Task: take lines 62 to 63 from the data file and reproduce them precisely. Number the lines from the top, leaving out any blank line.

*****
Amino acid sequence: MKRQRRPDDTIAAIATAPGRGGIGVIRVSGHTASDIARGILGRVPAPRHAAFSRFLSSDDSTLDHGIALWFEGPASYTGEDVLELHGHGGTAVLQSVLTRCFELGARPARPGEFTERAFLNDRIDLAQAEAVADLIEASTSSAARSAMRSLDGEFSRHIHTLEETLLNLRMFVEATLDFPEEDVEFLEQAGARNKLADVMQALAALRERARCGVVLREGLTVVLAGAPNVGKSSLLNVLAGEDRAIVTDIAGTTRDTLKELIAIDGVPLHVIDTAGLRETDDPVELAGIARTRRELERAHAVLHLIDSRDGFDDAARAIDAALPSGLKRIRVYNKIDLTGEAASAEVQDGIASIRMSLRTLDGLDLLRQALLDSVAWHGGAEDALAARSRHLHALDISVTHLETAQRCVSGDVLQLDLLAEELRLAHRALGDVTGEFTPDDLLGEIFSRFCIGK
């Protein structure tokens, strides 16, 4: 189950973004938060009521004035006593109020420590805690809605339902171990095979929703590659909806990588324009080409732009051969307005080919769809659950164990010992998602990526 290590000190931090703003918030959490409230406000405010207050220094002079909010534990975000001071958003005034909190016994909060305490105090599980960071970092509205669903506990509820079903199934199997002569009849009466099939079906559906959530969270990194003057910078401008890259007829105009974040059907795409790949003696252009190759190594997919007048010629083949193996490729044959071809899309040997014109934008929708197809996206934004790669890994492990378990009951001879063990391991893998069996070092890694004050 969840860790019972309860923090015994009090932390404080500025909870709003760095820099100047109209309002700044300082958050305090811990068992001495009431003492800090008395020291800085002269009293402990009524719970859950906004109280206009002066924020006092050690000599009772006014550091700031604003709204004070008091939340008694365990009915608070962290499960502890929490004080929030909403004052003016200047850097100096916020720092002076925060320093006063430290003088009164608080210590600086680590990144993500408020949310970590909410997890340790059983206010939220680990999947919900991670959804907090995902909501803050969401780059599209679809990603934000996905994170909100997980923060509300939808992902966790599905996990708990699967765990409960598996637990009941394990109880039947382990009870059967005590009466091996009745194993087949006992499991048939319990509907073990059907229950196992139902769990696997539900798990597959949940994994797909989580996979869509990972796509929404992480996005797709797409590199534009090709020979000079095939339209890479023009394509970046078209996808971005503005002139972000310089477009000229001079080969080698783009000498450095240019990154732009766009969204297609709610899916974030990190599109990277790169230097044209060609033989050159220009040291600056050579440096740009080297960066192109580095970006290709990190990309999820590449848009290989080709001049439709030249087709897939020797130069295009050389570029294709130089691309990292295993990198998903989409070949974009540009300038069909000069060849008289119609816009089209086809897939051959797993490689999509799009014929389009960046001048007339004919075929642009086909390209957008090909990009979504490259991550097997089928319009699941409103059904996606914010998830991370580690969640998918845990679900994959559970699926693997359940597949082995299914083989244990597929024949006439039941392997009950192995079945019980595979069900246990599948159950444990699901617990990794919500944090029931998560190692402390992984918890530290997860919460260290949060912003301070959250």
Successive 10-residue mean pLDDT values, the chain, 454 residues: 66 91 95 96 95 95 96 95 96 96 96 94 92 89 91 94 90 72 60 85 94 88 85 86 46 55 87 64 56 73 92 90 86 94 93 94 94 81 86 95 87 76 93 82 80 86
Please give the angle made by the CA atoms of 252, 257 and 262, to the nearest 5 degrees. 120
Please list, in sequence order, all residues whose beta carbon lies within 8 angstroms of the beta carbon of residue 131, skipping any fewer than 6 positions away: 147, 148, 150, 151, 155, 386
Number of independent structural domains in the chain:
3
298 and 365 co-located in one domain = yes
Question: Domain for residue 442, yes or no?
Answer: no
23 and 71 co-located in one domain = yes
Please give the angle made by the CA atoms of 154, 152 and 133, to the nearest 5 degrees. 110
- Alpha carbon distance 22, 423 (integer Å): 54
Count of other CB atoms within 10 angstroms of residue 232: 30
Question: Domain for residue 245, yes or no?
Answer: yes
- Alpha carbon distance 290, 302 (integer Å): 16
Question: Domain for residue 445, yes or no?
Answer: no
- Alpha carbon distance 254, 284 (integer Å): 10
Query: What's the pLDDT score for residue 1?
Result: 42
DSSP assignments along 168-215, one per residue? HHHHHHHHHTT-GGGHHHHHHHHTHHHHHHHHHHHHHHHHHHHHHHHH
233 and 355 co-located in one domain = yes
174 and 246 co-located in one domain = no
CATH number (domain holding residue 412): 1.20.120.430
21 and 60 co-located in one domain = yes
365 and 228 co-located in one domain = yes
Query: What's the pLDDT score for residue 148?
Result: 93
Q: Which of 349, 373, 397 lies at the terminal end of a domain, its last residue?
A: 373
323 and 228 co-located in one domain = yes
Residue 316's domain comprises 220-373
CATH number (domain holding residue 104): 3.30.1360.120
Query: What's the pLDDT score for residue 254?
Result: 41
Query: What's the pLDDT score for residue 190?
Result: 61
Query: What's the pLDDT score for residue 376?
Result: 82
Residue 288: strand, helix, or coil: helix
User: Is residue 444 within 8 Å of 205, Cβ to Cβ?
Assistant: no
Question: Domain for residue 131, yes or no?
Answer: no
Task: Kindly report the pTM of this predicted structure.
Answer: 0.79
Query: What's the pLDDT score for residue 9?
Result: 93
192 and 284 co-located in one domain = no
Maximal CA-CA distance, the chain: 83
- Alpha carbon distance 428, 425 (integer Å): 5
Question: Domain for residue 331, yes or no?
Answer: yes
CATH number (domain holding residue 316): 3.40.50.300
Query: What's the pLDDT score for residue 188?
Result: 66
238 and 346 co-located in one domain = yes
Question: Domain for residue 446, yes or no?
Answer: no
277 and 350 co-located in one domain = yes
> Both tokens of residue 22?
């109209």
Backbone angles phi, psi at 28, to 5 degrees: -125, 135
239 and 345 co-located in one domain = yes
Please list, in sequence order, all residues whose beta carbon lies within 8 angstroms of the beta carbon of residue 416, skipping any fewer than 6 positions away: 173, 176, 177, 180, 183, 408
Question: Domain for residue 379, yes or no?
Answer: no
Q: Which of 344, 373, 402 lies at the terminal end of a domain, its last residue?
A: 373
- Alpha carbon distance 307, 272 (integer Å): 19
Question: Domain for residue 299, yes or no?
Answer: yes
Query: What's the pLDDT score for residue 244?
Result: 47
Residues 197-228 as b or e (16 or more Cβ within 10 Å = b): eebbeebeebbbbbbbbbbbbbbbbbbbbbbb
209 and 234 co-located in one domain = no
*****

277 and 350 co-located in one domain = yes
> Both tokens of residue 22?